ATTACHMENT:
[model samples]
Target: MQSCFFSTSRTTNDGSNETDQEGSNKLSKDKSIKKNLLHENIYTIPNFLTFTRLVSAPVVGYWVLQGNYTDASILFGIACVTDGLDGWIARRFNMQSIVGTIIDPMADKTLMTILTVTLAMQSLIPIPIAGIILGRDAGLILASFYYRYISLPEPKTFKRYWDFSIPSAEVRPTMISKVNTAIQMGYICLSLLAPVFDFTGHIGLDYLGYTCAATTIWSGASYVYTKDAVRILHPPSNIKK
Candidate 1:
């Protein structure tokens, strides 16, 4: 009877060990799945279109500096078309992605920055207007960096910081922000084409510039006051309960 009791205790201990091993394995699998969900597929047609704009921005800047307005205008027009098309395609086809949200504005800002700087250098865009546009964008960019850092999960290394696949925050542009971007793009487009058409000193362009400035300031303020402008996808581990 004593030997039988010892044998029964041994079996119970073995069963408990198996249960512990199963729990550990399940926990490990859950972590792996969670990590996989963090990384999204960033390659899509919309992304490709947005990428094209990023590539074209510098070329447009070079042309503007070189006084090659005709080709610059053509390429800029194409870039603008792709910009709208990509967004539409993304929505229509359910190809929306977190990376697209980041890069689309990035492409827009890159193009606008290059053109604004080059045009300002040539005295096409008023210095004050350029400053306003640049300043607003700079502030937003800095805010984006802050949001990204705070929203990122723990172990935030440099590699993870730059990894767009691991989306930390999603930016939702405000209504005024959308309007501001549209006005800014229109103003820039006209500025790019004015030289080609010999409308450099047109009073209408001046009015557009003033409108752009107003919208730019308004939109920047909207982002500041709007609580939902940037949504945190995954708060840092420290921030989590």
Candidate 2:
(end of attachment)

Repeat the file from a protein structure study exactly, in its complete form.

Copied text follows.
[model samples]
Target: MQSCFFSTSRTTNDGSNETDQEGSNKLSKDKSIKKNLLHENIYTIPNFLTFTRLVSAPVVGYWVLQGNYTDASILFGIACVTDGLDGWIARRFNMQSIVGTIIDPMADKTLMTILTVTLAMQSLIPIPIAGIILGRDAGLILASFYYRYISLPEPKTFKRYWDFSIPSAEVRPTMISKVNTAIQMGYICLSLLAPVFDFTGHIGLDYLGYTCAATTIWSGASYVYTKDAVRILHPPSNIKK
Candidate 1:
């Protein structure tokens, strides 16, 4: 009877060990799945279109500096078309992605920055207007960096910081922000084409510039006051309960 009791205790201990091993394995699998969900597929047609704009921005800047307005205008027009098309395609086809949200504005800002700087250098865009546009964008960019850092999960290394696949925050542009971007793009487009058409000193362009400035300031303020402008996808581990 004593030997039988010892044998029964041994079996119970073995069963408990198996249960512990199963729990550990399940926990490990859950972590792996969670990590996989963090990384999204960033390659899509919309992304490709947005990428094209990023590539074209510098070329447009070079042309503007070189006084090659005709080709610059053509390429800029194409870039603008792709910009709208990509967004539409993304929505229509359910190809929306977190990376697209980041890069689309990035492409827009890159193009606008290059053109604004080059045009300002040539005295096409008023210095004050350029400053306003640049300043607003700079502030937003800095805010984006802050949001990204705070929203990122723990172990935030440099590699993870730059990894767009691991989306930390999603930016939702405000209504005024959308309007501001549209006005800014229109103003820039006209500025790019004015030289080609010999409308450099047109009073209408001046009015557009003033409108752009107003919208730019308004939109920047909207982002500041709007609580939902940037949504945190995954708060840092420290921030989590």
Candidate 2: